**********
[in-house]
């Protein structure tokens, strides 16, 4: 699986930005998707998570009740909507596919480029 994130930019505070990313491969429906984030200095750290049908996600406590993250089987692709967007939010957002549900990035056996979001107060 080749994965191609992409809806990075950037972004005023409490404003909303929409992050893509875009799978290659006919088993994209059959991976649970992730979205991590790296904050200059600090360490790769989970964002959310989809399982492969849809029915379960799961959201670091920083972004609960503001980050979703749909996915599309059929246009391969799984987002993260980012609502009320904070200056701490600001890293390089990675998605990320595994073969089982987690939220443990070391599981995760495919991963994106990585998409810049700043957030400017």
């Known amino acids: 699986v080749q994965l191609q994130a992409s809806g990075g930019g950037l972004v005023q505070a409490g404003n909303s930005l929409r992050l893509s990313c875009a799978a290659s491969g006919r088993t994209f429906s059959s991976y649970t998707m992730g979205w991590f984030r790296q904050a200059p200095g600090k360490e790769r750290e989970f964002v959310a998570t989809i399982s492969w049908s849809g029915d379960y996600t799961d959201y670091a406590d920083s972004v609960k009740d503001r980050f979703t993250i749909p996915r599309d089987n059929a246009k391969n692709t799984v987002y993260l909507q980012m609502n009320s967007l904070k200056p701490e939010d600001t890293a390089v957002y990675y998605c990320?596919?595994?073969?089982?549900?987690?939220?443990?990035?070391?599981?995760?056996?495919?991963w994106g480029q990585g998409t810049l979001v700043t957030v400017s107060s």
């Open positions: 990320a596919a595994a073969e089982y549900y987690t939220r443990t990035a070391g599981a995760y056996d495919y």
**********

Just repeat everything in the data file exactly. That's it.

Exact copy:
[in-house]
């Protein structure tokens, strides 16, 4: 699986930005998707998570009740909507596919480029 994130930019505070990313491969429906984030200095750290049908996600406590993250089987692709967007939010957002549900990035056996979001107060 080749994965191609992409809806990075950037972004005023409490404003909303929409992050893509875009799978290659006919088993994209059959991976649970992730979205991590790296904050200059600090360490790769989970964002959310989809399982492969849809029915379960799961959201670091920083972004609960503001980050979703749909996915599309059929246009391969799984987002993260980012609502009320904070200056701490600001890293390089990675998605990320595994073969089982987690939220443990070391599981995760495919991963994106990585998409810049700043957030400017």
């Known amino acids: 699986v080749q994965l191609q994130a992409s809806g990075g930019g950037l972004v005023q505070a409490g404003n909303s930005l929409r992050l893509s990313c875009a799978a290659s491969g006919r088993t994209f429906s059959s991976y649970t998707m992730g979205w991590f984030r790296q904050a200059p200095g600090k360490e790769r750290e989970f964002v959310a998570t989809i399982s492969w049908s849809g029915d379960y996600t799961d959201y670091a406590d920083s972004v609960k009740d503001r980050f979703t993250i749909p996915r599309d089987n059929a246009k391969n692709t799984v987002y993260l909507q980012m609502n009320s967007l904070k200056p701490e939010d600001t890293a390089v957002y990675y998605c990320?596919?595994?073969?089982?549900?987690?939220?443990?990035?070391?599981?995760?056996?495919?991963w994106g480029q990585g998409t810049l979001v700043t957030v400017s107060s």
């Open positions: 990320a596919a595994a073969e089982y549900y987690t939220r443990t990035a070391g599981a995760y056996d495919y």